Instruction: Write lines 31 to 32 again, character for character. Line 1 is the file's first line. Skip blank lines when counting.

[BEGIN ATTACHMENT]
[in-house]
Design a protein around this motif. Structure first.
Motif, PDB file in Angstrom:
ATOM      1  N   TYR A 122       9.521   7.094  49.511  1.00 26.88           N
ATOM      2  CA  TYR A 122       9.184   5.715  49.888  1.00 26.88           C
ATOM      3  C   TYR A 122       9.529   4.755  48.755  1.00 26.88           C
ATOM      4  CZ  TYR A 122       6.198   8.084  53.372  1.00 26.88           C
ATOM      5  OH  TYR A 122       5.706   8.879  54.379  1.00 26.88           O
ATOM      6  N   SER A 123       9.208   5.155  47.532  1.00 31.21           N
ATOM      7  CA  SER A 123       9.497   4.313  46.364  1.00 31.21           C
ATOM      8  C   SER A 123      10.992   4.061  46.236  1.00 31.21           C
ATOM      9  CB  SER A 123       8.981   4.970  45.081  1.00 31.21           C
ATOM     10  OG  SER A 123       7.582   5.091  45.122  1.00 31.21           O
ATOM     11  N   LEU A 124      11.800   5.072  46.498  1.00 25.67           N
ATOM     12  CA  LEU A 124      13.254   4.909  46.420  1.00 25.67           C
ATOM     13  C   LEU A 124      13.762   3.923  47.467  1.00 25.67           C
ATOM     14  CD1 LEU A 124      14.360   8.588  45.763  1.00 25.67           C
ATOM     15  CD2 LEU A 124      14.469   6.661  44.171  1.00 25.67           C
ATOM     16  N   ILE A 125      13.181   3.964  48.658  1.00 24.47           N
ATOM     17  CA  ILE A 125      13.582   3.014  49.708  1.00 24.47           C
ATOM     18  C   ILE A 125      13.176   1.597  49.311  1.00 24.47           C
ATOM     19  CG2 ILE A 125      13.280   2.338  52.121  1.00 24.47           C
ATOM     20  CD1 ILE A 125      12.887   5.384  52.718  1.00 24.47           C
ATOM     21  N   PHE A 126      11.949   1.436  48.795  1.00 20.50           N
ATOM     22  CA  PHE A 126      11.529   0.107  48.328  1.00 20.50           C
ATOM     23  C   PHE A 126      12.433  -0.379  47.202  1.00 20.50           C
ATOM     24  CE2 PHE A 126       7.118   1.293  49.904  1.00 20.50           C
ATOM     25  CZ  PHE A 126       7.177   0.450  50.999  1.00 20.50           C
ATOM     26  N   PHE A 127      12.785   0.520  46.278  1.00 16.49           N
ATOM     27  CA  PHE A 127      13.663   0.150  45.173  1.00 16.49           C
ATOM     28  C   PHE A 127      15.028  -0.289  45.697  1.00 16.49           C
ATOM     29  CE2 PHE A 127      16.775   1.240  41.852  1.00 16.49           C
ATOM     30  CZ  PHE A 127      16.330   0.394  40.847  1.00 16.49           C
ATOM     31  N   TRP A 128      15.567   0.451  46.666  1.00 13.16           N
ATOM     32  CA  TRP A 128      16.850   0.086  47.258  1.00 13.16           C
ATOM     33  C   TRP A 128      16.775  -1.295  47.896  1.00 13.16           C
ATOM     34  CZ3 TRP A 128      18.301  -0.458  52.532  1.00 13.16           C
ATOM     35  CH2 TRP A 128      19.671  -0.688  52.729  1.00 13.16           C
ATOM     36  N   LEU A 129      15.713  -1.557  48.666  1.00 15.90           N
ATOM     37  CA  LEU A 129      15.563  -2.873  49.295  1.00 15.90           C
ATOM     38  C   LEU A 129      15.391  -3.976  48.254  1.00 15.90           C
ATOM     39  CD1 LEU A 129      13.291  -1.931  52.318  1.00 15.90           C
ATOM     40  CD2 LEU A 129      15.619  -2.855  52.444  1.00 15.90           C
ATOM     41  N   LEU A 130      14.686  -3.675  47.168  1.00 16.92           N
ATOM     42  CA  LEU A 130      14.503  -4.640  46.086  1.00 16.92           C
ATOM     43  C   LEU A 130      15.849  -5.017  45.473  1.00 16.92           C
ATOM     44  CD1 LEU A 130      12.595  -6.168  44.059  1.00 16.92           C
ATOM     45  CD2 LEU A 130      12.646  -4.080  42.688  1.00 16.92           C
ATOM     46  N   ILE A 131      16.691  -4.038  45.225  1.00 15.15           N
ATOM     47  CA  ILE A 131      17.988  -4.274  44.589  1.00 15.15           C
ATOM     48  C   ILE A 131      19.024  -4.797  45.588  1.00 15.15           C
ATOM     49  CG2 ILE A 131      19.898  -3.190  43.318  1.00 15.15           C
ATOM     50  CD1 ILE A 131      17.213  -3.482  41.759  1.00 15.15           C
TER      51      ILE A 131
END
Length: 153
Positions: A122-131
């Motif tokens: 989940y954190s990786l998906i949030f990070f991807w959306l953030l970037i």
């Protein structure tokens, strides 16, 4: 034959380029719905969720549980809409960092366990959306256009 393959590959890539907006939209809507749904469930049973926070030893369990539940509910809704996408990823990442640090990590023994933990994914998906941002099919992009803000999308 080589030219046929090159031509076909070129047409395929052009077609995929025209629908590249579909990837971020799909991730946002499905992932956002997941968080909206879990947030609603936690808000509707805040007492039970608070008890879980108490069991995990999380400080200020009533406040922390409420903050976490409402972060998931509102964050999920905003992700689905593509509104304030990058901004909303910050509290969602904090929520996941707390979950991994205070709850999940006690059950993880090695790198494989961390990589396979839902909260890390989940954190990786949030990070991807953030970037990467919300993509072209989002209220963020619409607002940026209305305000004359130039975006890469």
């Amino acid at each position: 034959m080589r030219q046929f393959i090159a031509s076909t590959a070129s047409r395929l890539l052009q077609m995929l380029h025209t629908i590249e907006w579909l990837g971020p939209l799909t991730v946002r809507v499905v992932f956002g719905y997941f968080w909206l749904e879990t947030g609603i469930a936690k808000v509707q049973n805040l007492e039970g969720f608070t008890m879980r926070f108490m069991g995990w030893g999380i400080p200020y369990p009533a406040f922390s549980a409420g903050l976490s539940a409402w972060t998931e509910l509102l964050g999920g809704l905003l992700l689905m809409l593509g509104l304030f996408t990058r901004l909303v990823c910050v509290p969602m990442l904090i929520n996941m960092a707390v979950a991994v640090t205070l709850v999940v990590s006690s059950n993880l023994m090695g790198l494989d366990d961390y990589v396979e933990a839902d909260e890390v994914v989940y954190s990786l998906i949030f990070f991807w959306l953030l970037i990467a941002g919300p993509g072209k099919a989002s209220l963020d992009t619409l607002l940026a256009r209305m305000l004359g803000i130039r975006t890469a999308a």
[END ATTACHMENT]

ATOM     28  C   PHE A 127      15.028  -0.289  45.697  1.00 16.49           C
ATOM     29  CE2 PHE A 127      16.775   1.240  41.852  1.00 16.49           C